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Jethro Tull - A Passion Play CD (album) cover


Jethro Tull


Prog Folk

4.02 | 1414 ratings

From, the ultimate progressive rock music website

Mr. Soot Gremlin
5 stars I have no idea why this album has generated so much controversy. It may seem to have been a formulaic follow-up to TAAB, but only for the fact that it was another concept album. Ian Anderson did an amazing job composing a second concept album that was not simply a clone of their 1972 masterpiece, but rather a work of a completely different atmosphere, feeling, and concept. A Passion Play is certainty also the darkest Tull got, musically and lyrically. I hate to say it, because I do like a good deal of Tull's 1974-1979 work (and even some 80s albums!), but it seems to be the truth that A Passion Play is the band's musical and creative peak, in my opinion standing with Aqualung and TAAB as showing the best the band could do.

The album is much more atmospheric than previous Tull albums; for the heartbeat intro and some of the otherworldly instrumental sections of the album show this. Yet the melodies and individual compositions that Anderson composes for the album are top-notch. I understand people dislike the dense, confusing lyrics and the almost impossible to understand plot of the album's "story" (something to do with the afterlife, I think that is the easiest thing to agree upon). But in my opinion, the lyrics are no harder to understand (or to ignore) than TAAB's lyrics. But it's clear that Ian's lyric writing ability is not as strong as it was on albums such as, say, Aqualung or Stand Up, which I think have brilliant lyrics. "The Story of the Hare who Lost his Spectacles", I have to admit, is kind of funny but mostly something I have to sit through to get to the good music on part 2. Still, it's not exactly bad, or uninteresting, but kind of unnecessary. Jeffrey Hammond- Hammond has a greatly entertaining narrator voice, nonetheless.

Musically, as stated before, this is top notch. The first side is definitely the stronger one in terms of harder riffs and energy, but the second side offers up a fantastic blend of folk, harder rock, and purely great prog rock jamming, sounding very free and natural, yet structured at the same time. I can't think of a Tull album after this one where the band had such a good sense of playing instrumentally. This is music that is complex, genre-blending, yet utterly entertaining and affective, which for me is the best prog rock can offer. Along with TAAB, Close to the Edge, and a number of other albums, I can see APP as being one of the true "definitions" of the best progressive rock, if there can be such a thing. Additionally, I've read criticism of Ian Anderson's saxophone playing in this album and in general. While it's not exactly virtuosic or groundbreaking, it adds a new dimension to the music, and he is by no means a bad player. It's a shame he didn't continue with it further on than Warchild; he may have developed even further with it.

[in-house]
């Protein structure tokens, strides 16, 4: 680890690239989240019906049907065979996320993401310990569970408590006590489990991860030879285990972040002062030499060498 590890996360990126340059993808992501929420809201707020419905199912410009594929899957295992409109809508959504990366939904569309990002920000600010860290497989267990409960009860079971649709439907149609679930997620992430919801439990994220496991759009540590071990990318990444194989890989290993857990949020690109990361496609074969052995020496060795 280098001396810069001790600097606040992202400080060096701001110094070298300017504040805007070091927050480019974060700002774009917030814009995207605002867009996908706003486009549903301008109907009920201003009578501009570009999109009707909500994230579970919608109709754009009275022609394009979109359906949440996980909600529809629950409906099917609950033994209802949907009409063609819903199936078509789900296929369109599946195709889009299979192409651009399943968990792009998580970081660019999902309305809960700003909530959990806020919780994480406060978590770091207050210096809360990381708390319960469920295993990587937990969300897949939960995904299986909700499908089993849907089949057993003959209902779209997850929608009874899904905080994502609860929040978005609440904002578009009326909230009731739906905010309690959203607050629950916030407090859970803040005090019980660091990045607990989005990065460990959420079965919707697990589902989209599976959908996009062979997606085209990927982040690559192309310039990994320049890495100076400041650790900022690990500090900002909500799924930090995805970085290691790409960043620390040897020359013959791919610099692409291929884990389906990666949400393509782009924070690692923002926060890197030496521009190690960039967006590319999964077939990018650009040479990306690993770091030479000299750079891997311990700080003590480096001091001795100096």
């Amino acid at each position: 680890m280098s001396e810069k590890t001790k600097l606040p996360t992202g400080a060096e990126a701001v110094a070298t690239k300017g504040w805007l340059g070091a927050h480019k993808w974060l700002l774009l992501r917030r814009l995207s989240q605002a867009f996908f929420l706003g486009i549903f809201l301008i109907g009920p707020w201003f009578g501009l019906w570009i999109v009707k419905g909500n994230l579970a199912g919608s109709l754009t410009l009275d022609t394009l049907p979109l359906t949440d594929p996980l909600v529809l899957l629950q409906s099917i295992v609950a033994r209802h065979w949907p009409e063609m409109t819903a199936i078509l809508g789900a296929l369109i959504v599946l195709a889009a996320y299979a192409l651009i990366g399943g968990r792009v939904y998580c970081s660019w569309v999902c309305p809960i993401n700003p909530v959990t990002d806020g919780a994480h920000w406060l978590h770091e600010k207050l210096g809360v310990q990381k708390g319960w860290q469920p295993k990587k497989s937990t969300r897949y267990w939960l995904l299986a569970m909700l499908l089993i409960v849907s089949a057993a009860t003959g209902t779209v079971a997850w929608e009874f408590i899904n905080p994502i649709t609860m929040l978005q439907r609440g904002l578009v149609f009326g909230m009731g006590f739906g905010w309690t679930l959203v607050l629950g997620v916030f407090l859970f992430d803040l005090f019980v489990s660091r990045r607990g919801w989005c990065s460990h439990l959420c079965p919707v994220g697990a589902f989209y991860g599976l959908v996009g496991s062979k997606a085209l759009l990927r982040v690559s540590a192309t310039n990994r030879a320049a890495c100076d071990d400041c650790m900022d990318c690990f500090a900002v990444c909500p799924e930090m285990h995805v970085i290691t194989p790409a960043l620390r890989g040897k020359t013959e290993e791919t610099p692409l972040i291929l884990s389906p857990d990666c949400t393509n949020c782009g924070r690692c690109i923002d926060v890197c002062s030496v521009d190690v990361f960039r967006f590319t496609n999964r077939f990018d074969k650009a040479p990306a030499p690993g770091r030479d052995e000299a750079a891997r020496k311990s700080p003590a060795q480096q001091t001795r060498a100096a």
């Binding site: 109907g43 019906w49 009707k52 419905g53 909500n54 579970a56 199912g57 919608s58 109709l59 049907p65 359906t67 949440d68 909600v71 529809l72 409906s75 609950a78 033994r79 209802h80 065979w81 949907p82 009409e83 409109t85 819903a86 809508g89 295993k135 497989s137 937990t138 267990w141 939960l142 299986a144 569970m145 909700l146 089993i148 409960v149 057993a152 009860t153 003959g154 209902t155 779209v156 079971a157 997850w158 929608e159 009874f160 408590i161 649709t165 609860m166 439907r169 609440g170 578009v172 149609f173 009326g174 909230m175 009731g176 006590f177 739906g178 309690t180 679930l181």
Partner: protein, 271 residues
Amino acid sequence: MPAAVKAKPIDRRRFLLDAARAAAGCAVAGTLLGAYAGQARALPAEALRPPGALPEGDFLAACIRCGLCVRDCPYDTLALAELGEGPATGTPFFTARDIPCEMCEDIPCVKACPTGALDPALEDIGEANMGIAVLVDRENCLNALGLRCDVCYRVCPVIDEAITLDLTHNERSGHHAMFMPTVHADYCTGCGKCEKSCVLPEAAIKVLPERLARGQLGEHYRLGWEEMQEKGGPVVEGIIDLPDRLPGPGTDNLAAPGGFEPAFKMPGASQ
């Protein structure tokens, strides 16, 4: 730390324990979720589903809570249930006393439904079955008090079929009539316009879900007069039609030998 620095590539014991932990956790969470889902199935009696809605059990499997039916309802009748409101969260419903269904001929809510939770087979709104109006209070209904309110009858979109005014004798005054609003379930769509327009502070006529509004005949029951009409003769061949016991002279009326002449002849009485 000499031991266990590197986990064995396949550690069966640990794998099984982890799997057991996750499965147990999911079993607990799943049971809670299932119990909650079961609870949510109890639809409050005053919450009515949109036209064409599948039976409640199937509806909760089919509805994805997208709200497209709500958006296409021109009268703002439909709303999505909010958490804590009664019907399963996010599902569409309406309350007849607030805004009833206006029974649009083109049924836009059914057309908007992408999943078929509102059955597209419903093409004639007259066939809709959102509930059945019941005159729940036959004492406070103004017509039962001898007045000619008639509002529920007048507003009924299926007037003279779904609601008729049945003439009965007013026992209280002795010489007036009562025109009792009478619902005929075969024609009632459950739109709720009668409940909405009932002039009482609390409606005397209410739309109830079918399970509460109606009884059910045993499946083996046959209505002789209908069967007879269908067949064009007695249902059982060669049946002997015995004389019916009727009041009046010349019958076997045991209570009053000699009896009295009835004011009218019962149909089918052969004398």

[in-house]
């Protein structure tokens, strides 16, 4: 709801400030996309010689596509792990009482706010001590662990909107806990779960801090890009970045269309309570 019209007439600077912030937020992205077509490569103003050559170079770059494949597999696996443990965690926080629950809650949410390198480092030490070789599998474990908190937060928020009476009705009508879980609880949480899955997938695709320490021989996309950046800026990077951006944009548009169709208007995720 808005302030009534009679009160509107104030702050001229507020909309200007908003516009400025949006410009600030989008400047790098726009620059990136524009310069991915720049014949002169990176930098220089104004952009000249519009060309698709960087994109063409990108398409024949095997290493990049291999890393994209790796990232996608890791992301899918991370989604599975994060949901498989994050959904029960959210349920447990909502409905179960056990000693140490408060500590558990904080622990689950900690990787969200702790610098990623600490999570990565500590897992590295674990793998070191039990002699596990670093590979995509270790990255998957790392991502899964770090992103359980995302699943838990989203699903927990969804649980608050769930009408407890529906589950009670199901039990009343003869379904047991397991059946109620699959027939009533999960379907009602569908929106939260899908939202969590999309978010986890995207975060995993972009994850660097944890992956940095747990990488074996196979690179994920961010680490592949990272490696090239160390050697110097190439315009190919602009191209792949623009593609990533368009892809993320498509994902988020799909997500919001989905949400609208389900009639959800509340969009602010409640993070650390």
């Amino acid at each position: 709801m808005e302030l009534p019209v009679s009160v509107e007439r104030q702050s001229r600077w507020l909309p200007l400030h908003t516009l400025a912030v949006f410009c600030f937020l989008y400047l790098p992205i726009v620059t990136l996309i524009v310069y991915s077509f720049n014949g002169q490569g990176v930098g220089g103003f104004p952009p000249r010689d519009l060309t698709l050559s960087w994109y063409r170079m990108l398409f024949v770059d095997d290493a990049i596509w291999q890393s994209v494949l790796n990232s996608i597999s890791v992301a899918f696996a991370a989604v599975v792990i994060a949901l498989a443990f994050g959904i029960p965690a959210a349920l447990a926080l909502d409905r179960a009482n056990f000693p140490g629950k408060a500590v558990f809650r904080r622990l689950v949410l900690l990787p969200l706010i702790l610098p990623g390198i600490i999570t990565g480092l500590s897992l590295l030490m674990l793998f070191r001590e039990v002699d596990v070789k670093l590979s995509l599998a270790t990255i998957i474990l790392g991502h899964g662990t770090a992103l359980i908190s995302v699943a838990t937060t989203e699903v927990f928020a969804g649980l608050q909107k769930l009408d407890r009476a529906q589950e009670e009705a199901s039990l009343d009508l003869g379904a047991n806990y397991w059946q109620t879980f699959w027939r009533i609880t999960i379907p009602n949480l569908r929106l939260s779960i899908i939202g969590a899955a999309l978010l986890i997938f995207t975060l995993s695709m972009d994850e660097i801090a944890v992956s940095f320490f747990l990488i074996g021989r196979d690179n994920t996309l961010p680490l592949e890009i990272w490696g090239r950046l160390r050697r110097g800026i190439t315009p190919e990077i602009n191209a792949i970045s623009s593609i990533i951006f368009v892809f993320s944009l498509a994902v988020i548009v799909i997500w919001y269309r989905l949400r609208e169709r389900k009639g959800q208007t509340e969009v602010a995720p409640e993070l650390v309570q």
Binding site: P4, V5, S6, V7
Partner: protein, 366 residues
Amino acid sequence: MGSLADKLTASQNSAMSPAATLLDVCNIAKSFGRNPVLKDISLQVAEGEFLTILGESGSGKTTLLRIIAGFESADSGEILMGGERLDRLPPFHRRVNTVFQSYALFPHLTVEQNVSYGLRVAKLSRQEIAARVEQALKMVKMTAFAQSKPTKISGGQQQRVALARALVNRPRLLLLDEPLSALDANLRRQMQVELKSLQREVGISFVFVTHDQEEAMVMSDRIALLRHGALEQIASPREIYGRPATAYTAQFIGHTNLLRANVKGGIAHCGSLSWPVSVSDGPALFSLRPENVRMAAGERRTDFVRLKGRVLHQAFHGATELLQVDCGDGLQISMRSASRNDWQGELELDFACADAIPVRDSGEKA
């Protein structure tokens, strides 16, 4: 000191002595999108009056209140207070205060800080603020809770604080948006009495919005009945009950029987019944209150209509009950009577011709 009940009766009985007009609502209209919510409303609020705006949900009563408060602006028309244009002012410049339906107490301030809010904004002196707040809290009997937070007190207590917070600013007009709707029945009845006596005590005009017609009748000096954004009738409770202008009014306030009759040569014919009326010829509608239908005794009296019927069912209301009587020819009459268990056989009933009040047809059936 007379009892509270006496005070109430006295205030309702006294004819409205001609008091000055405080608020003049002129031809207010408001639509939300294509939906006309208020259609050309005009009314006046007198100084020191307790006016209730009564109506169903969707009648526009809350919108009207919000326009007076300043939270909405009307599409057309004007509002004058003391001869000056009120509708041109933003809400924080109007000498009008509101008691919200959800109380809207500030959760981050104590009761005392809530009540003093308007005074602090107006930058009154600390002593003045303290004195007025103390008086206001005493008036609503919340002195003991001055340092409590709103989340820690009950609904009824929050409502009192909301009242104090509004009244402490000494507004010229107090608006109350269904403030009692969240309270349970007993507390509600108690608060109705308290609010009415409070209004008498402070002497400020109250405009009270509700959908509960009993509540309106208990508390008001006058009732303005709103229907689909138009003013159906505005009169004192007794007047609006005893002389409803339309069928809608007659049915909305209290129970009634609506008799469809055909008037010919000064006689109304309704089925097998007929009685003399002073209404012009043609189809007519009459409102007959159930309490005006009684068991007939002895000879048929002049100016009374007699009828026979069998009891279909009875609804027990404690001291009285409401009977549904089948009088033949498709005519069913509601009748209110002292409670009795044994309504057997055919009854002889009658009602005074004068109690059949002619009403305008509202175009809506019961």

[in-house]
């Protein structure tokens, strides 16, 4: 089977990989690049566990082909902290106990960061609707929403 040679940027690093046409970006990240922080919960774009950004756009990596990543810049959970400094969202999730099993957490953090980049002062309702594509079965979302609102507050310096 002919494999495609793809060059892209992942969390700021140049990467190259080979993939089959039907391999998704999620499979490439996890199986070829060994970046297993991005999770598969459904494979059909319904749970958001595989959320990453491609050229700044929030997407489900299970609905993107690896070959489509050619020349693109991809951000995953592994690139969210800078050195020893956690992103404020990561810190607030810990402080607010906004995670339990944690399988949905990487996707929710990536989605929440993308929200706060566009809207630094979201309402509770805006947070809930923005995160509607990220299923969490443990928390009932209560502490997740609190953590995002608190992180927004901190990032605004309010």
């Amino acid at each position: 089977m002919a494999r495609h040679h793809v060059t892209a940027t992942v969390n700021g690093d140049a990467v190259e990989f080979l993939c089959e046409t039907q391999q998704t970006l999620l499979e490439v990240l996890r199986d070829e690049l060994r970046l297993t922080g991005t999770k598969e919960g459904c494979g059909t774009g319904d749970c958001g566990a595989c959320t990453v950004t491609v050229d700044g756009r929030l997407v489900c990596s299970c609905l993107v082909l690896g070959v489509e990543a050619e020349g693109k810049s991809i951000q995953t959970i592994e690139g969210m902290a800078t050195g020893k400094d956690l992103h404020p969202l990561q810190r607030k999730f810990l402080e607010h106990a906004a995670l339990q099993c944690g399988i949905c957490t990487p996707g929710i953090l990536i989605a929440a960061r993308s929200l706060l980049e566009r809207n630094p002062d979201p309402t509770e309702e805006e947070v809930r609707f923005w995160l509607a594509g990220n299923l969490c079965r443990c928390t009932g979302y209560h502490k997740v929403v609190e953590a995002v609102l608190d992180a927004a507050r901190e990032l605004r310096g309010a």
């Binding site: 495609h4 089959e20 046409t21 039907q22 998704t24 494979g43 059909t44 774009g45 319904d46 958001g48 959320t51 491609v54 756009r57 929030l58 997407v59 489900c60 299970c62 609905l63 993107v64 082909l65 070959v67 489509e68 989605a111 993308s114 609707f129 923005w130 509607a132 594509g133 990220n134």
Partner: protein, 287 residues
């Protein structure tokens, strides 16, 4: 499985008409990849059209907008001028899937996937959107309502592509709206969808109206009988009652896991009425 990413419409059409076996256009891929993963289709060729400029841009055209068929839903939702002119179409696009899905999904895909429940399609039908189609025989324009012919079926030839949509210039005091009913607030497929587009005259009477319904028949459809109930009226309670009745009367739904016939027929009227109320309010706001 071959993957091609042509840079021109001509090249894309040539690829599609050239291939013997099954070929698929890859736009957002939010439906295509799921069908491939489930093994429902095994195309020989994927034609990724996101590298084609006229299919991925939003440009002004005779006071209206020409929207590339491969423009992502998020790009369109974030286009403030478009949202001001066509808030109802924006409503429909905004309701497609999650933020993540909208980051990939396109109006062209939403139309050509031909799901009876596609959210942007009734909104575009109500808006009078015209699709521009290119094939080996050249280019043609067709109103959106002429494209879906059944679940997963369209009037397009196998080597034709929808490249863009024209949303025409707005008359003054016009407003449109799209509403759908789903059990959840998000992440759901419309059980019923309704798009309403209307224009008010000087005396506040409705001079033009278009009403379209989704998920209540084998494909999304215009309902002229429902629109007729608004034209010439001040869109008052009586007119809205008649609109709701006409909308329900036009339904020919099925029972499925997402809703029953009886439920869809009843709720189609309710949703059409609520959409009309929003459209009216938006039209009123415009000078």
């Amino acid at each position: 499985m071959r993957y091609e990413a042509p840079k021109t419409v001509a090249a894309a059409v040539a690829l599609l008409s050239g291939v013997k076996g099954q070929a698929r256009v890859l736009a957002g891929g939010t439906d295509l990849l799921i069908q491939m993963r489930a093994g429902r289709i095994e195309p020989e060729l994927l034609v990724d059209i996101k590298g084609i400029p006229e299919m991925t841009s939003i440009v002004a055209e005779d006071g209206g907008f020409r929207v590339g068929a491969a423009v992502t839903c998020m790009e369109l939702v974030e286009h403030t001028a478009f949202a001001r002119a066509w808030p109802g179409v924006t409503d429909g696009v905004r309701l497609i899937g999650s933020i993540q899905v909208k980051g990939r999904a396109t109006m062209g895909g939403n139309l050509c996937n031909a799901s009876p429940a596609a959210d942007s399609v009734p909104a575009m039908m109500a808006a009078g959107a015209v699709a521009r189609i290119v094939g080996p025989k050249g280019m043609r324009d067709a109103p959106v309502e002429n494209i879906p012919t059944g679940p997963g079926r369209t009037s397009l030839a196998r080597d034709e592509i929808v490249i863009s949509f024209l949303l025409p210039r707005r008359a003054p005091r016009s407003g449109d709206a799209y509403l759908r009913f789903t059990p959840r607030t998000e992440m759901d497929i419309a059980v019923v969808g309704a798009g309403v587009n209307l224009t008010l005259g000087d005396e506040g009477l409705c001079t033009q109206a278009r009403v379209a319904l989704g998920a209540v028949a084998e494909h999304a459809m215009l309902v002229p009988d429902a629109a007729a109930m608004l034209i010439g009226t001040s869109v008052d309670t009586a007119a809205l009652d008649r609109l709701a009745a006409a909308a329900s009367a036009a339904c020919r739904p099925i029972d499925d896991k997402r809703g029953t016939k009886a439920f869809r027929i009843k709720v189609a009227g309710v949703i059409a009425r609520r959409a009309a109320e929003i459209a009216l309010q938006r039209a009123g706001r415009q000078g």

If Ian Anderson and the members of the 1973 Tull lineup feel at all discouraged by the division this album has caused, I would tell them to forget the criticism. I think this album is going to be around for a very long time, and I see (and hear) no reason at all for the bashing it gets. Without a doubt a true masterpiece, and one of the "defining albums" of progressive rock.

Mr. Soot Gremlin | 5/5 |


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